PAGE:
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Two Major Issues Facing Cancer Sector

Dec 16 2008

Media Release

Workforce And Data Collection, Two Major Issues Facing Cancer Sector

The Cancer Control Council of New Zealand, spokesman Professor Tony Blakely says the Council is still very concerned with the rate of progress on two issues critical to the successful implementation of the cancer control strategy.

The Council has just published Mapping Progress II, Phase 1 of the Cancer Control Strategy Action Plan 2005-2010.

“While considerable progress has been made in some areas like tobacco control and consumer representation, the council remains concerned about the lack of progress in tackling workforce and data collection issues.”

“These two elements of cancer control are vital to the improving the delivery of cancer services to New Zealanders, and research to improve cancer control from prevention to palliation. The sector needs good data to ensure good decisions are made and the council recommends that the development of a national cancer data system be given a higher priority. The Council also recommends that the Minister give priority to the developing of a process to address workforce issues. “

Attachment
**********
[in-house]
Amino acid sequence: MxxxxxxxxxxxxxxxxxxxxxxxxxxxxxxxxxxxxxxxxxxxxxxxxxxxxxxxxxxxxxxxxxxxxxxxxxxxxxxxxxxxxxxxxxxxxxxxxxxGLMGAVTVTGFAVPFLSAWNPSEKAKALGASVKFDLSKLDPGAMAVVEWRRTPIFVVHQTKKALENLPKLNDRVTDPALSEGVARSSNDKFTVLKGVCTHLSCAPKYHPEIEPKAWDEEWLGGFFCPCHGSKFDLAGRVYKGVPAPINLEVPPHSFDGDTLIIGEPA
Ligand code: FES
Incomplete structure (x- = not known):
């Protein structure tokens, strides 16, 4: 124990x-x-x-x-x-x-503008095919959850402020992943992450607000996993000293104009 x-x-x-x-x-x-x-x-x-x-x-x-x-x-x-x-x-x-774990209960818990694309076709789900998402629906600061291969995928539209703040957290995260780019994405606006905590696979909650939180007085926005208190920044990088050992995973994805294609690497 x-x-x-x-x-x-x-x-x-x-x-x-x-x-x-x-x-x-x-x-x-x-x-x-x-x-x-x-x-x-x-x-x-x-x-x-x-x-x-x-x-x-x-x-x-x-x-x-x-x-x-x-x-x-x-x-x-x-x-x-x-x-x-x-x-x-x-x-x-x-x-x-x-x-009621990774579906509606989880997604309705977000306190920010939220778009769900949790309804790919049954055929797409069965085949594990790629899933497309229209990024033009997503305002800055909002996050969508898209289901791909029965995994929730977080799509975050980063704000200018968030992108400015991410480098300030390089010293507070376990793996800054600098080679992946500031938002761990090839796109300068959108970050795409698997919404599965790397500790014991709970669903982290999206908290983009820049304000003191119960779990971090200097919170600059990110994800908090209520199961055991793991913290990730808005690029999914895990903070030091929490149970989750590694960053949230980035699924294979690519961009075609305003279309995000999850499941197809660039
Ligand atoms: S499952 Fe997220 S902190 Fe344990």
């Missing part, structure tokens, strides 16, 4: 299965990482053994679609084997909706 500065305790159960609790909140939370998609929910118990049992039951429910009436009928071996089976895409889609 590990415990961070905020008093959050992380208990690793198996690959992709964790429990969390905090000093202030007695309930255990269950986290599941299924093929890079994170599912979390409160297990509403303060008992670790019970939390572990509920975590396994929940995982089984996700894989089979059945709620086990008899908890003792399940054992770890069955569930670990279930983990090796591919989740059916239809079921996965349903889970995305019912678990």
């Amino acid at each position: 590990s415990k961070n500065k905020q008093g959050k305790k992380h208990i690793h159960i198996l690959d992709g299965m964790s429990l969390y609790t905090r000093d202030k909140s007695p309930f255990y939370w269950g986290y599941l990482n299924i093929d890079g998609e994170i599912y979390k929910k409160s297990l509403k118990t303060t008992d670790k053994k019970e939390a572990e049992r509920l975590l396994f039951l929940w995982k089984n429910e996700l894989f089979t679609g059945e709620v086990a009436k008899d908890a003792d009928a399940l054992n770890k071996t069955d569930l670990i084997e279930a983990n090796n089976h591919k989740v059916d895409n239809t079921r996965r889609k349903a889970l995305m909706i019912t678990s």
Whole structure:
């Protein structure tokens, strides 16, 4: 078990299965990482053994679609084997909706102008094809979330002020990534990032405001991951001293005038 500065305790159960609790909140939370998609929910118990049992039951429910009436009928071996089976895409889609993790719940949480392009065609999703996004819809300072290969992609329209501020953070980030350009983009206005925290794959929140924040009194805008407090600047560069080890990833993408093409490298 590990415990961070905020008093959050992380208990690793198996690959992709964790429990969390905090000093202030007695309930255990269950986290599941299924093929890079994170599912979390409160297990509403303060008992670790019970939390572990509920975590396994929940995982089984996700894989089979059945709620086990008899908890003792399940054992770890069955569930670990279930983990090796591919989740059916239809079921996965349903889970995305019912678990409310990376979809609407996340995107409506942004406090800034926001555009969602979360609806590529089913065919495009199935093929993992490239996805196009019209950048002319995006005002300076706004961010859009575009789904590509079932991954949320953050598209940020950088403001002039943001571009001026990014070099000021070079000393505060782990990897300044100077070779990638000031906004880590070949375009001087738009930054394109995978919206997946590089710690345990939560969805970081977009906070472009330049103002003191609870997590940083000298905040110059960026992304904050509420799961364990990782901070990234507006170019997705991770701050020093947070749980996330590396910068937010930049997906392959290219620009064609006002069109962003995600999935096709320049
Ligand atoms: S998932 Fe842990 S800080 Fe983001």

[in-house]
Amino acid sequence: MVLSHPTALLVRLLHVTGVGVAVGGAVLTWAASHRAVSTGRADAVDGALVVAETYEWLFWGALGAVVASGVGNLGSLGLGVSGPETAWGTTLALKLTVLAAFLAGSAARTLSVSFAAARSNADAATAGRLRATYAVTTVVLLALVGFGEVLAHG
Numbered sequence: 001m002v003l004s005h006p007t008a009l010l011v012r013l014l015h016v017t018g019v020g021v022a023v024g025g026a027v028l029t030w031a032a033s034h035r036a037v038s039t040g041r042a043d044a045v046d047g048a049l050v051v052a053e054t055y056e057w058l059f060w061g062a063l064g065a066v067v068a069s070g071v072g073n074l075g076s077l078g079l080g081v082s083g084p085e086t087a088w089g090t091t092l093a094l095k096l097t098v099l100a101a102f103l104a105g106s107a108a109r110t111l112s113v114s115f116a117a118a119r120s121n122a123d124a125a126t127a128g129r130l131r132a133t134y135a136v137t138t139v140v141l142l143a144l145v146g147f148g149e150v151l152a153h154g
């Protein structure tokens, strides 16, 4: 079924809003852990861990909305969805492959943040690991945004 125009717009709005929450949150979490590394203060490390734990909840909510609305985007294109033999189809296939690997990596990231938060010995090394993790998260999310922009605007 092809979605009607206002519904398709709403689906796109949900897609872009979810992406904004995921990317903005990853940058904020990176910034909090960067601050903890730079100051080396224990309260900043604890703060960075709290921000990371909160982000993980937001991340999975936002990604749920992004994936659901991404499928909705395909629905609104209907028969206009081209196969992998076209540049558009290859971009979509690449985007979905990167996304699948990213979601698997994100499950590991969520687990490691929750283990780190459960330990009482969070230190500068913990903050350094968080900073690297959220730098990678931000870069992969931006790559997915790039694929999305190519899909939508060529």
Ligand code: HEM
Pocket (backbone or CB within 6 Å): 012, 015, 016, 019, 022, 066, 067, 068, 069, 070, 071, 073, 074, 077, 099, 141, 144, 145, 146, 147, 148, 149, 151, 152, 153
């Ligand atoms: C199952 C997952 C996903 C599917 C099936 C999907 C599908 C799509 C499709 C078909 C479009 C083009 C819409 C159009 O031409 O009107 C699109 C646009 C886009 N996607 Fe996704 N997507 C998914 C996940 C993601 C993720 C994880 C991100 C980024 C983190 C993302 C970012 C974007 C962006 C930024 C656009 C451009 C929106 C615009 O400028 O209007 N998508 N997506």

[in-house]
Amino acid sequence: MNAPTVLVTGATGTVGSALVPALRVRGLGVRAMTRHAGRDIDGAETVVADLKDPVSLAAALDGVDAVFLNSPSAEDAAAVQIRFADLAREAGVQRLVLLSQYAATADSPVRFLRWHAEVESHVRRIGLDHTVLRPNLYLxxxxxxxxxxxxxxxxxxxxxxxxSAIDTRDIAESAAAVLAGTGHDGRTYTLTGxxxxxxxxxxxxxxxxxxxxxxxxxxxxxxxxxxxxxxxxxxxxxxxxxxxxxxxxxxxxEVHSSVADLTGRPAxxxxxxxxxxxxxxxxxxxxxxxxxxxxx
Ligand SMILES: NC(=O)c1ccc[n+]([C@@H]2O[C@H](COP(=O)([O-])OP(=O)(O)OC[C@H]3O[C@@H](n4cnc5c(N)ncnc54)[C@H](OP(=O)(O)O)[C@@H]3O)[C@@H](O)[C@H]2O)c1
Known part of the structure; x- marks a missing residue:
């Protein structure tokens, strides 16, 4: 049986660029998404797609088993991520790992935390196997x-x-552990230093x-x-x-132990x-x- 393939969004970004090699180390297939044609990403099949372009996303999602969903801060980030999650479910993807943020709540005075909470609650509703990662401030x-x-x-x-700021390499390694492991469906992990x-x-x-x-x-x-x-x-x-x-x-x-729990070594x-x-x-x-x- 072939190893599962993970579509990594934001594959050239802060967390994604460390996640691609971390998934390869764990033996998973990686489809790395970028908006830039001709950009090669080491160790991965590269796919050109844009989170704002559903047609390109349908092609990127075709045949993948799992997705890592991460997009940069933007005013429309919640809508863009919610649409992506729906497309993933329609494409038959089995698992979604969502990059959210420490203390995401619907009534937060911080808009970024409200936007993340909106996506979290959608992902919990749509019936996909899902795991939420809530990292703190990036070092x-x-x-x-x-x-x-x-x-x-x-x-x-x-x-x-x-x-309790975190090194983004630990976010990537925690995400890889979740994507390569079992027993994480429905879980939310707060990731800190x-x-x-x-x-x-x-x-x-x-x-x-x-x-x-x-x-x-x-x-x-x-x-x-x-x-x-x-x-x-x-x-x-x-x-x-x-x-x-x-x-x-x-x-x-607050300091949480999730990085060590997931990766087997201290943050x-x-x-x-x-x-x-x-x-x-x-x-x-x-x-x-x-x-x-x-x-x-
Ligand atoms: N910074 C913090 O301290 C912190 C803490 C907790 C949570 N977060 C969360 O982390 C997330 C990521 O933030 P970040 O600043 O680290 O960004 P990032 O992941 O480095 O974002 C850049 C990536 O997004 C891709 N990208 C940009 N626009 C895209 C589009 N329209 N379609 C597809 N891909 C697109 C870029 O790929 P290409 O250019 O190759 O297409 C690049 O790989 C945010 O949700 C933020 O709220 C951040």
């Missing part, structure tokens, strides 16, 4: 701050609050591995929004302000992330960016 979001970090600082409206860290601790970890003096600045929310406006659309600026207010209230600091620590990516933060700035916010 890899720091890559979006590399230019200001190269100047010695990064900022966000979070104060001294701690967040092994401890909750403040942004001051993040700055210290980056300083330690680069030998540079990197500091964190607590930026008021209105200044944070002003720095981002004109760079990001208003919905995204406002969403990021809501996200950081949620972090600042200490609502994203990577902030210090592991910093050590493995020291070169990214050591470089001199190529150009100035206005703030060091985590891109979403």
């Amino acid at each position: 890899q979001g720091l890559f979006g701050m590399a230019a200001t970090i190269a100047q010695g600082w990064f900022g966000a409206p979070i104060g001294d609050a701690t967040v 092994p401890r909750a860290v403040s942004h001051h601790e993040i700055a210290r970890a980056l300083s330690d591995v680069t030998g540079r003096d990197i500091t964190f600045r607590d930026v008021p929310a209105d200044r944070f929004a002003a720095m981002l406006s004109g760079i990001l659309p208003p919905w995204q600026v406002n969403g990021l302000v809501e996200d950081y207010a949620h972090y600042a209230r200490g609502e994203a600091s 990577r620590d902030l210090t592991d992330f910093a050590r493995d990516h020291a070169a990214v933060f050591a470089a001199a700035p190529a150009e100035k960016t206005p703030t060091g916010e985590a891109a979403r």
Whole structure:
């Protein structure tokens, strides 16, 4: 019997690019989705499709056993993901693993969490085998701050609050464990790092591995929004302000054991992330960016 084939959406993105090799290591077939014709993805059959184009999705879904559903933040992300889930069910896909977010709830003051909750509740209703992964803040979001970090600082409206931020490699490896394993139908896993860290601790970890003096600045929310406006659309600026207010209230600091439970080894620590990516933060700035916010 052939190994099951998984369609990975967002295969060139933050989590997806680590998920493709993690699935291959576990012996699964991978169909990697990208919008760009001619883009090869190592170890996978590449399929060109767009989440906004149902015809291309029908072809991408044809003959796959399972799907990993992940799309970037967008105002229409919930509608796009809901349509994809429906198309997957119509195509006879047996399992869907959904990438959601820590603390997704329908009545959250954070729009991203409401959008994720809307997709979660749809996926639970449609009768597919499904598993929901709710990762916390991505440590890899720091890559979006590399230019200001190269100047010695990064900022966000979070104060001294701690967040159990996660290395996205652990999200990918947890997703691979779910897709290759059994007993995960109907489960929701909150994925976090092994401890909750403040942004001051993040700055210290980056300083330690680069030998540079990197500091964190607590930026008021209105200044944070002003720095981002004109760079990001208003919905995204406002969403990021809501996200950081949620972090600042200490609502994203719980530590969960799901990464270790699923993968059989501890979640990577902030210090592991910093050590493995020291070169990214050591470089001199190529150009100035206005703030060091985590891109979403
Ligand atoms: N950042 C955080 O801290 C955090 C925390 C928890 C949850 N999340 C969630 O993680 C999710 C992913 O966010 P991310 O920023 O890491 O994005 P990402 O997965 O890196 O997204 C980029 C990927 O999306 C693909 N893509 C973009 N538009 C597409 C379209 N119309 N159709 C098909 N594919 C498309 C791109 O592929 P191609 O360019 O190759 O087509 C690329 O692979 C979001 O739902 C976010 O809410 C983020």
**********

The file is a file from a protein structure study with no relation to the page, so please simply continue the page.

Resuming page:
While these issues are of concern to the Council there are other areas of the strategy that have had a real impact on cancer outcomes for New Zealanders.

“Tobacco control interventions have resulted in real benefits to the nation with less young people smoking that even before (57% have never smoked) and that will mean better health outcomes for future generations.

“There have also been some real gains in diagnosis and treatment which have come about through greater regional coordination. Sector collaboration is key to ensuring that best practice is implemented, best ideas are shared and that patients can expect a consistency in treatment standards across the country.

A third priority area identified by the Council is to sustain and strengthen efforts to reduce cancer inequalities. For example, Māori have lower survival than non-Māori from colorectal cancer. It is imperative that the planning and implementation of the forthcoming colorectal cancer screening programme does not further widen these inequalities, but rather narrows them.

“The 5 year strategy 2005 -2010 was designed to kick start a collaborative approach to cancer control and while it has achieved many of its aims, monitoring its progress also offers a tangible way to pinpoint where more work needs to be done.”

The Council will continue its yearly monitoring of the Cancer Control Strategy Action Plan.

A copy of the Council’s report is available from



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